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Letter from Korean War calls for ‘lasting peace’

In February 1952, a 19-year-old Alec Keith remembers surveying for enemy troops in the South Korean city of Chunchon, when he was slipped a letter by a young South Korean man.

Keith was a member of the 6148th Tactical Control Squadron at the time — a “Mosquito” target spotter group of the U.S. Air Force stationed at the air base in Chunchon during the Korean War.

In that moment, he said he was heavily armed. So he tucked the letter away in his pocket and continued on, without exchanging conversation with the man.

“He just walked out of the building and came over to me,” Keith, who is now 85 and lives in Hilo, recalled Wednesday. “I was trying to be safe and trying not to get shot. So I just took the letter, folded it up and put it in my pocket in exactly the same fold it is now.”

About a year later, after returning to the United States, Keith read the letter for the first time. He was touched to read what he believes is a message from the young man expressing gratitude to the United Nations armed forces.

“According to your effort, Korea people have the happiest life every day,” the letter reads. “… We shall have tomorrow too, spring has come, snow and ice have melted away and everything is waking the long winter sleep, a that time, we believe we can have the lasting peace of the world and build the happiest Korea by your strength.”

Although an armistice signed in 1953 ended the fighting, the Korean Peninsula remains in a technical state of war. Tensions have ramped up in the past year, as North Korea has test-fired nearly two dozen missiles since January. Hawaii was the first state in the country to begin developing a preparedness plan in the event of a North Korean attack. Hawaii’s Emergency Management Agency announced earlier this week it would begin testing an attack warning siren Dec. 1.

In early 1952, however, Keith remembers South Korea was beginning to return to a more “normal state of living.”

“When we first (arrived) in early 1951, we flew missions in all directions — north, south, east and west,” Keith said. “Because (North Korea) occupied the entire peninsula. By this time, everything was pretty well-organized. The battle lines had been established on the 38th parallel exactly (the original boundary between South and North Korea before the war) and we were told we could not go more than 5 miles north of the battle line in our missions. So by this time, South Korea was free of enemy troops.”

Keith left Korea in 1953 and went on to forge a long career in academia and the pharmaceutical industry. He and his wife moved to Hilo in 1997.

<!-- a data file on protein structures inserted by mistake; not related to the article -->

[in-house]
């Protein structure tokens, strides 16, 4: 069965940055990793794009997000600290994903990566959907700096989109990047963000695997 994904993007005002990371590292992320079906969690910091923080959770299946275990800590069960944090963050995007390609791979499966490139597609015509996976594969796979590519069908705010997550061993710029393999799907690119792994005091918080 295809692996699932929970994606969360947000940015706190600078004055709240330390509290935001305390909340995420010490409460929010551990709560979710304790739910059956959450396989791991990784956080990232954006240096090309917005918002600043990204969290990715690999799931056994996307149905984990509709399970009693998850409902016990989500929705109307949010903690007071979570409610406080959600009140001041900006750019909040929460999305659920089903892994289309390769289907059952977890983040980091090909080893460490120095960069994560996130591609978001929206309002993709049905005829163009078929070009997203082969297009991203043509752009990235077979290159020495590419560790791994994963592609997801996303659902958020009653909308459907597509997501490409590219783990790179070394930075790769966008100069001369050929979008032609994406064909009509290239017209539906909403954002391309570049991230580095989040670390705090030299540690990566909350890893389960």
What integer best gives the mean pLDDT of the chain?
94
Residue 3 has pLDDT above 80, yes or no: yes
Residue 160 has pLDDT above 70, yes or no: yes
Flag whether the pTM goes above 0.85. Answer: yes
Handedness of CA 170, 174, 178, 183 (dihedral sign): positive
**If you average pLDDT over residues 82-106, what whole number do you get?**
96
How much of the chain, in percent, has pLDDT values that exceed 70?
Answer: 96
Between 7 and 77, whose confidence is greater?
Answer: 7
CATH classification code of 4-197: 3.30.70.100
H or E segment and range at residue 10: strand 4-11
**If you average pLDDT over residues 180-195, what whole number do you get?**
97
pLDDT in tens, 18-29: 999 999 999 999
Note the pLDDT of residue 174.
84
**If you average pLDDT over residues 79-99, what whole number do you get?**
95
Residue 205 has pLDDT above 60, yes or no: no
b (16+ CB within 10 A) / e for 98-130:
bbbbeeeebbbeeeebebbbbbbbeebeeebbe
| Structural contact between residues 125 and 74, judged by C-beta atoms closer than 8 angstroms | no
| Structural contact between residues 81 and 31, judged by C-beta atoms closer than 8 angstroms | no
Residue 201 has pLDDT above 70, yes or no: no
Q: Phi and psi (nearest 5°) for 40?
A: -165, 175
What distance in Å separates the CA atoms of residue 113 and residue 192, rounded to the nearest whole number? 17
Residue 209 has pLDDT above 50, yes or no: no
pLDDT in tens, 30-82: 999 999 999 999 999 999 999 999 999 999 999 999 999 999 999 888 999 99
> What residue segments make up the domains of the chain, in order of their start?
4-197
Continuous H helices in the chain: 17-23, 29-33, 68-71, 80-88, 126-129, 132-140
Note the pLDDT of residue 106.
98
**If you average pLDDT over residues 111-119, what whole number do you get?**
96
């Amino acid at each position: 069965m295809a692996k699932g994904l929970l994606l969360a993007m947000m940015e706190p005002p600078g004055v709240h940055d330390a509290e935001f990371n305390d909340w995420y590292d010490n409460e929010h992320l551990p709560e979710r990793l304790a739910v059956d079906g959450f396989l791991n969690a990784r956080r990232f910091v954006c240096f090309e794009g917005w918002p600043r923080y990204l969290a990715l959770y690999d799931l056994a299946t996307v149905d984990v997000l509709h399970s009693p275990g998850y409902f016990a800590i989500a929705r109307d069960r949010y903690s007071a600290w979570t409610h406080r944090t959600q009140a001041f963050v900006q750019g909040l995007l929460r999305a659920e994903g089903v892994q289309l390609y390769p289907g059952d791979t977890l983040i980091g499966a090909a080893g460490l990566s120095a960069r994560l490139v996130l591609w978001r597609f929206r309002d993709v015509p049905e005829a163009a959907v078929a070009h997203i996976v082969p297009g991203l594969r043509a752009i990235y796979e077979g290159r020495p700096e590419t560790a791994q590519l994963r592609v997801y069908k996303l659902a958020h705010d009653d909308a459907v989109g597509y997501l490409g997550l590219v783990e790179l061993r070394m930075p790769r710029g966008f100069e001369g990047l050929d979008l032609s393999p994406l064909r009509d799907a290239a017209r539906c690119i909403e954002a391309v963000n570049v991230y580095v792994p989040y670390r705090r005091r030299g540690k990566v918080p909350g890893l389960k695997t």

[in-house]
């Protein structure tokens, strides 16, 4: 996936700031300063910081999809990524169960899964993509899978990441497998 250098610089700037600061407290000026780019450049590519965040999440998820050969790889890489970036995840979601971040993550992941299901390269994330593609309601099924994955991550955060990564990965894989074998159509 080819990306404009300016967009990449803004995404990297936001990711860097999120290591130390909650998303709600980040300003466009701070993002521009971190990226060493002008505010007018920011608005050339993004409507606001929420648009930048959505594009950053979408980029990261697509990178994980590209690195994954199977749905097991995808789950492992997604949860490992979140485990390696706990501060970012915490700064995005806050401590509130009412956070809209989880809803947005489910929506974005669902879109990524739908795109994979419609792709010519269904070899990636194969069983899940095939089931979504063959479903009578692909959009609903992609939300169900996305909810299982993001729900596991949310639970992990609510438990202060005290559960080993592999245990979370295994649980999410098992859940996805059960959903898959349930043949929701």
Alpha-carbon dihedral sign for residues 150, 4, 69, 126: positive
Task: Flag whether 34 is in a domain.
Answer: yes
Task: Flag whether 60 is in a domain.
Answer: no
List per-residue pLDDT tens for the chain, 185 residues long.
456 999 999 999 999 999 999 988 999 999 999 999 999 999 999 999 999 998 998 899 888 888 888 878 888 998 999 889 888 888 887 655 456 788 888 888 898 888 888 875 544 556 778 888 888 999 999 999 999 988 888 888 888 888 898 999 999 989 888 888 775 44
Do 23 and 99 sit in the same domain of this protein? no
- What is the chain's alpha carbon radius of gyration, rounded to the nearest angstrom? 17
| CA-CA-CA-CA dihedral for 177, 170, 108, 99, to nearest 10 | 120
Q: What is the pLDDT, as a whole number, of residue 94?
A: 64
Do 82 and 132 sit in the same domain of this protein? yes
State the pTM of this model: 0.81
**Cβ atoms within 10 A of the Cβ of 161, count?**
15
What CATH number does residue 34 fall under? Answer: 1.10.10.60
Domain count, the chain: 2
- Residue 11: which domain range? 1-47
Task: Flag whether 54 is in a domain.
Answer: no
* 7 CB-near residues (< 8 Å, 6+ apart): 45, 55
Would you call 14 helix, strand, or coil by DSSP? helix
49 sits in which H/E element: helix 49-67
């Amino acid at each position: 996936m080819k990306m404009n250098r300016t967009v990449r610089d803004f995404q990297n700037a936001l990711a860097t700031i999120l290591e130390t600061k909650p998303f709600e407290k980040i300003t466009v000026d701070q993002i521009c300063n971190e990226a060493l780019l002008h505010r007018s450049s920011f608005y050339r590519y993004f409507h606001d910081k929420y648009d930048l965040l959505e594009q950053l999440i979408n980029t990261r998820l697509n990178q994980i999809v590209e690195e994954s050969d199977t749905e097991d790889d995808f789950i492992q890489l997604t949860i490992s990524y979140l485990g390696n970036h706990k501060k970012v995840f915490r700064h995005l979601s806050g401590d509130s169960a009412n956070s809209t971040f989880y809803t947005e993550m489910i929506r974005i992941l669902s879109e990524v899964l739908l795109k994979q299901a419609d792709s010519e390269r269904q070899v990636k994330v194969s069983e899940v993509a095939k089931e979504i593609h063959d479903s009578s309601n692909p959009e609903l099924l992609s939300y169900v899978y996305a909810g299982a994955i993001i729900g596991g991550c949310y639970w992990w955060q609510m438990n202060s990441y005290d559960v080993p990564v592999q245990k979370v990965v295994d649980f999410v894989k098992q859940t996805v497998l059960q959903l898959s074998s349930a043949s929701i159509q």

Through the years, he said he’s shown the letter to just a handful of people. He said he believes the letter shows the Korean War was “a constructive war.”

“After being there two years I could tell the Korean people really appreciated having us there,” he said.

The letter writer signed off as “Park bo sun.” Keith said he’s attempted to track the man down, though without success. He thinks the man was in his late 20s or early 30s at the time and might have been a teacher.

He also believes he received the letter by chance. He said the letter writer probably “would have done the same thing if it was anyone else from our air base” and “there was nothing special about me.”

“I happened to receive it but I think if anyone else had been out there, they would have received it also,” Keith said. “I think the (letter writer) was trying to express the fact that he was glad North Korea had not taken over South Korea. He was just grateful.”

Email Kirsten Johnson at kjohnson@hawaiitribune-herald.com.

————-

The letter

22th feb, 1952

To; a respectful soldier of U.N. Army,

How do you do our great friend?

How painful day have you to contrust the unitiful of Korea and the independent of Korea? According to your effort, Korea people have the happiest life every day, the we shall have tomorrow too, spring has come, snow and ice have melted away and everything is a waking the long winter sleep, at that time, we believe that we can have the lasting peace of the world and build the happiest Korea by your strength, next April we have a new school term, that is only owe to your the bravest and victorious fighting for that we pay our think’s too much to you from all our heart, Now that I must say good bye to you, I have your luck and happy, Oh respectful friend your truly, Park bo sun

 

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